. 2001 ~ Herbert Kupferberg, a music critic and a senior editor of Parade magazine, died at the age of 83. For more than 20 years, Kupferberg was an editor and critic for The New York Herald Tribune. After it folded in 1966, he joined Parade. He also wrote reviews for The Atlantic Monthly and The National Observer. Kupferberg, born in New York in 1918, published several books including Amadeus: A Mozart Mosaic and Those Fabulous Philadelphians: The Life and Times of a Great Orchestra, a history of the Philadelphia Orchestra.

. 2013 ~ Wolfgang Sawallisch, German conductor and pianist died at the age of 89

. 2018 ~ Nanette Fabray [Ruby Fabares], American actress and singer (Love Life, Caesar’s Hour, One Day at a Time), died at the age of 97

February 21: On This Day in Music

today

. 1791 ~ Carl Czerny, Austrian pianist and composer whose vast musical production amounted to over a thousand works. His books of studies for the piano are still widely used in piano teaching.
More information on Czerny

Czerny is in the center top of this image. He influenced many!

Czerny is in the center top of this image. He influenced many!

 

. 1836 ~ Léo Delibes, French composer of ballets, operas, and other works for the stage.
More information on Delibes

. 1893 ~ Andrés Segovia, Spanish guitarist
More information on Segovia

. 1933 ~ Nina Simone, American jazz and soul singer

. 1943 ~ David Geffen, Tony Award-winning producer of Cats in 1983, M Butterfly in 1988, “Miss Saigon”, Beetlejuice and Risky Business. Also a record executive: Geffen Records and a partner in Dreamworks film production company with Jeffrey Katzenberg and Steven Spielberg.

. 1944 ~ New York City Opera, first performance

. 1958 ~ Mary Chapin Carpenter, Grammy Award-winning singer

. 1982 ~”Ain’t Misbehavin'” closed at Longacre Theater in New York City after 1604 performances

. 1990 ~ “The Batman Theme” by Danny Elfman won Grammy Award for Best Instrumental Composition at 32nd Annual Grammy Awards

. 1991 ~ Dame Margot Fonteyn died. She is widely regarded as one of the greatest classical ballet dancers of all time.

. 2015 ~ Clark Terry died.   He was an American swing and bebop trumpeter, a pioneer of the flugelhorn in jazz, educator, and NEA Jazz Masters inductee. He played with Charlie Barnet (1947), Count Basie (1948–1951), Duke Ellington (1951–1959) and Quincy Jones (1960).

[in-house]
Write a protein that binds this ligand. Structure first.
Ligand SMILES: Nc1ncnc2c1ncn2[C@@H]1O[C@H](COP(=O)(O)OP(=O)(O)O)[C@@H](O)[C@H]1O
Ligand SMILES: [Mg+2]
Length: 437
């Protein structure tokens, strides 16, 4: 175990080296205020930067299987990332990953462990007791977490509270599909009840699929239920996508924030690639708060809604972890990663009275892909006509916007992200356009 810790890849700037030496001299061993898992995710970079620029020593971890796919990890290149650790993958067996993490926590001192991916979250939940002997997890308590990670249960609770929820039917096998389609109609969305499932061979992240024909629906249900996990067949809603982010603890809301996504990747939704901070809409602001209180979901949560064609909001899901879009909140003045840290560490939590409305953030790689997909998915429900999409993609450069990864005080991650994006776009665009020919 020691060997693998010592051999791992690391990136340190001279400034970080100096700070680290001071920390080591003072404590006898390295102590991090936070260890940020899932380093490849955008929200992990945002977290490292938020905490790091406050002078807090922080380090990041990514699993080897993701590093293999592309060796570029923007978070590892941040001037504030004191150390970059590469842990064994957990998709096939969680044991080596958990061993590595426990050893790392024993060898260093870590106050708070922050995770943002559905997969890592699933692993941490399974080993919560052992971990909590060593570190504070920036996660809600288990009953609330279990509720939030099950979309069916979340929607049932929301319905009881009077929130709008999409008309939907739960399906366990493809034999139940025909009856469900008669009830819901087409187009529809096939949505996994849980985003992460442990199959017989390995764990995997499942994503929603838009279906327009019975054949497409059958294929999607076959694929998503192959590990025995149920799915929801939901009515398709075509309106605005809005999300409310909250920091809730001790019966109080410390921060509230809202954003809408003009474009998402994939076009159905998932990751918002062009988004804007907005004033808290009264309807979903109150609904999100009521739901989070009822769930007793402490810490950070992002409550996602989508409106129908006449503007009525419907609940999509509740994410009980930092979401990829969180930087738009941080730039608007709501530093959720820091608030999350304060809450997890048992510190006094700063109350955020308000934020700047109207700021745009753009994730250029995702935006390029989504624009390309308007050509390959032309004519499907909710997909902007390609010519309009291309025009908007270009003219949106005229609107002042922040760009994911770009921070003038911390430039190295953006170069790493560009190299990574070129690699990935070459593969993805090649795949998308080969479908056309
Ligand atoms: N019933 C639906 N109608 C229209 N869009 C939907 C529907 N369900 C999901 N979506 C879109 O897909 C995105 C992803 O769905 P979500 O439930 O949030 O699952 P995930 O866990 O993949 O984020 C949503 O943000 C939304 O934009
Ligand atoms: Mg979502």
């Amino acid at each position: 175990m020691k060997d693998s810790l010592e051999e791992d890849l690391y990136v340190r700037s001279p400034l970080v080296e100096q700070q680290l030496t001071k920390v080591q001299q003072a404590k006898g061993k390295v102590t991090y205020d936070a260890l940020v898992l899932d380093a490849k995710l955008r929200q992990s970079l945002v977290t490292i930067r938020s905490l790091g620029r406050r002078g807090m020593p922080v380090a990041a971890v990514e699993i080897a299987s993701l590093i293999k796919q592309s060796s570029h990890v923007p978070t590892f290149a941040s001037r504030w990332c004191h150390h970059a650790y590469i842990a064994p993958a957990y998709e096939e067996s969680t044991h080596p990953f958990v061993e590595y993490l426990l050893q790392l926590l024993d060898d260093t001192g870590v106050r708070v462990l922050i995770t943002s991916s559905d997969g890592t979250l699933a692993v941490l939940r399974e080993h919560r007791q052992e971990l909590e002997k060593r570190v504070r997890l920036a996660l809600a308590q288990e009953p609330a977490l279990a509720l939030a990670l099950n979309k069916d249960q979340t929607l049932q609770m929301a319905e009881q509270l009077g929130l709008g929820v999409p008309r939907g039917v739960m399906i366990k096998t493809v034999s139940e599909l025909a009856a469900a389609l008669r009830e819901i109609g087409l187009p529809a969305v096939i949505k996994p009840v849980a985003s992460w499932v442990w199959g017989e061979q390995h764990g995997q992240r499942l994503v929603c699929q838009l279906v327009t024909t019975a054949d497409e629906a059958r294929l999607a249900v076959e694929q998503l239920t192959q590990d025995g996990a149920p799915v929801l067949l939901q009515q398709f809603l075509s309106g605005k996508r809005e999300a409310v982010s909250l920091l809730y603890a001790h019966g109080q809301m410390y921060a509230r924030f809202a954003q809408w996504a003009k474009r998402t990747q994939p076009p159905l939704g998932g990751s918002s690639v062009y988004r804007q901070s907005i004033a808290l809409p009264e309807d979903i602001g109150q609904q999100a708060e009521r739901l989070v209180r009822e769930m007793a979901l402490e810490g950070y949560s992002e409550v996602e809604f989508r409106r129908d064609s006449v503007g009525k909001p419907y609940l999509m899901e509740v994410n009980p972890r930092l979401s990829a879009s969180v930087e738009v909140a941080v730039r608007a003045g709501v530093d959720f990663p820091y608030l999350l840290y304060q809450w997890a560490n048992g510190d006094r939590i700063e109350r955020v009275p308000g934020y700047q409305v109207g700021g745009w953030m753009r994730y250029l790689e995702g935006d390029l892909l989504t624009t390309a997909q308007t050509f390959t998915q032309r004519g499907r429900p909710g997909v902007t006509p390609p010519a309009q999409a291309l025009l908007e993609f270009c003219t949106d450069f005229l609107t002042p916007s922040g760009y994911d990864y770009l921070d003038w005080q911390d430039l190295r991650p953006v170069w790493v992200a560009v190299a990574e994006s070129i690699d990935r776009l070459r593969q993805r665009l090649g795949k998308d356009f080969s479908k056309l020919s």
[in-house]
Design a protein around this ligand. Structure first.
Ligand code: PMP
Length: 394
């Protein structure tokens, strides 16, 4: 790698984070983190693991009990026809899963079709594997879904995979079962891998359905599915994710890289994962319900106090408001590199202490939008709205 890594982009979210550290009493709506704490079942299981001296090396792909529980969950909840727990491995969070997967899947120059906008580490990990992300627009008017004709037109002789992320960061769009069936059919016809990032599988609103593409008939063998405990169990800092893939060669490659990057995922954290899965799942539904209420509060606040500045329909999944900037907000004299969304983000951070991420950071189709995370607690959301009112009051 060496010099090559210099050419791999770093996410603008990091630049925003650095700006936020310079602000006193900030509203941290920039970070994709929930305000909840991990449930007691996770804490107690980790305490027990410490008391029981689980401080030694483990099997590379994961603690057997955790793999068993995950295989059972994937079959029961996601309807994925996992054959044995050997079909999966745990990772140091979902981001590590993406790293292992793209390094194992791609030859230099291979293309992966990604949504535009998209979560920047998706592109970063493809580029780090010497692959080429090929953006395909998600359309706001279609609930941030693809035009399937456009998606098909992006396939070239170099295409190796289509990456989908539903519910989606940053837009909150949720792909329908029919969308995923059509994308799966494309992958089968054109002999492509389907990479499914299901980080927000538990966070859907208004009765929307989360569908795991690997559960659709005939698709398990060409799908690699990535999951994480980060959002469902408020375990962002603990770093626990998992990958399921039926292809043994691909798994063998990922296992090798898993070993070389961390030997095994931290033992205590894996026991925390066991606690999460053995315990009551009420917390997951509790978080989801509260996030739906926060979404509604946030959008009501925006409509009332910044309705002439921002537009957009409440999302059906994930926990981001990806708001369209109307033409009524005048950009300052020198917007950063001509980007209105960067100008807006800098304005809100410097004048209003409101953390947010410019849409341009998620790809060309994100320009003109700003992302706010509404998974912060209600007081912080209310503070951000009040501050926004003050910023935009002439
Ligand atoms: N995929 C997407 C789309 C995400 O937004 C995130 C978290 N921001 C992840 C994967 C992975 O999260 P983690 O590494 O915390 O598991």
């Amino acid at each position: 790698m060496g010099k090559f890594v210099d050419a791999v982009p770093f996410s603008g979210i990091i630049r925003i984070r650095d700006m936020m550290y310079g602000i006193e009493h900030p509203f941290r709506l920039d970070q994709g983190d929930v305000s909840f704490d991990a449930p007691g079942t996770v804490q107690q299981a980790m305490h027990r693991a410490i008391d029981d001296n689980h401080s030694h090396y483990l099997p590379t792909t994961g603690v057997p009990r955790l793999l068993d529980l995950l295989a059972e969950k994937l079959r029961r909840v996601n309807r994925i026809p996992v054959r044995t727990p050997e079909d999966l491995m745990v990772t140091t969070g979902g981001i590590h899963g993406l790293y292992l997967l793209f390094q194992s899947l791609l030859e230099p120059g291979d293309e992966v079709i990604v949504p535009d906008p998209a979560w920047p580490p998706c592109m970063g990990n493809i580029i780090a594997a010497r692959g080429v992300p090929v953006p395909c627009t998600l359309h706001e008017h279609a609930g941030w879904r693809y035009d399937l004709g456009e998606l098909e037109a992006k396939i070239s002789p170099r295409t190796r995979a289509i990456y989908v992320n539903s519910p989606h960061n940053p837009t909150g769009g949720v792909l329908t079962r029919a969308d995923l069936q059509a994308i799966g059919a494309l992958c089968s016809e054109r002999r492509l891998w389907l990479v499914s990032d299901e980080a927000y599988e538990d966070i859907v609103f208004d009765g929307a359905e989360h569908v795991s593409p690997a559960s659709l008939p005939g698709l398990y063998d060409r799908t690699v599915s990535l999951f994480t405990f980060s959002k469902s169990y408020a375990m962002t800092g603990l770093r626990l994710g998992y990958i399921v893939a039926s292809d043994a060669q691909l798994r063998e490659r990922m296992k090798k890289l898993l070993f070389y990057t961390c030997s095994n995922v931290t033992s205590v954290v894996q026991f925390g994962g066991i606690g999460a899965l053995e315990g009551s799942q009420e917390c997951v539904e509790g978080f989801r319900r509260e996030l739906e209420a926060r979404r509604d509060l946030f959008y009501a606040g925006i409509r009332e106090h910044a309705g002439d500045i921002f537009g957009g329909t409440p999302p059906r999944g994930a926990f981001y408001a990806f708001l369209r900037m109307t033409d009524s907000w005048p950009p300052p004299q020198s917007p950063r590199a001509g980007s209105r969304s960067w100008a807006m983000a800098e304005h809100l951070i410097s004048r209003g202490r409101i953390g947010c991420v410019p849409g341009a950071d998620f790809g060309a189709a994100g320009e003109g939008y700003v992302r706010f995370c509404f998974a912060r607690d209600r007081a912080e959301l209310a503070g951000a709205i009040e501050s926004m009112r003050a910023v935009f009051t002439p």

Terry’s career in jazz spanned more than seventy years and he is among the most recorded of jazz musicians.

. 2017 ~ Stanislaw Skrowaczewski, Polish-born classical conductor and composer, died at the age of 93

. 2019 ~ Peter Tork, a musician who became a teeny-bopper sensation as a member of The Monkees, the wisecracking, made-for-TV pop group that imitated and briefly outsold The Beatles, has died at the age of 77.

Technic Series: Scales and Arpeggios

scales

PDF Article on Scales and Arpeggios

In music, a scale is any set of musical notes ordered by fundamental frequency or pitch.

An arpeggio (it. /arˈpeddʒo/) is a musical technique where notes in a chord are played or sung in sequence, one after the other, rather than being played together like a chord. This word comes from the Italian word “arpeggiare”, which means “to play on a harp”. An alternative translation of this term is “broken chord”.

Make any scale or chord here

 

It’s Carl Czerny’s Birthday!

czerny599

1791 ~ Carl Czerny, Austrian pianist and composer whose vast musical production amounted to over a thousand works.

His books of studies for the piano are still widely used in piano teaching.
More information on Czerny

Czerny is in the center top of this image. He influenced many!

Czerny is in the center top of this image. He influenced many!

 

 

At the age of fifteen, Czerny began a very successful teaching career. Basing his method on the teaching of Beethoven and Muzio Clementi, Czerny taught up to twelve lessons a day in the homes of Viennese nobility.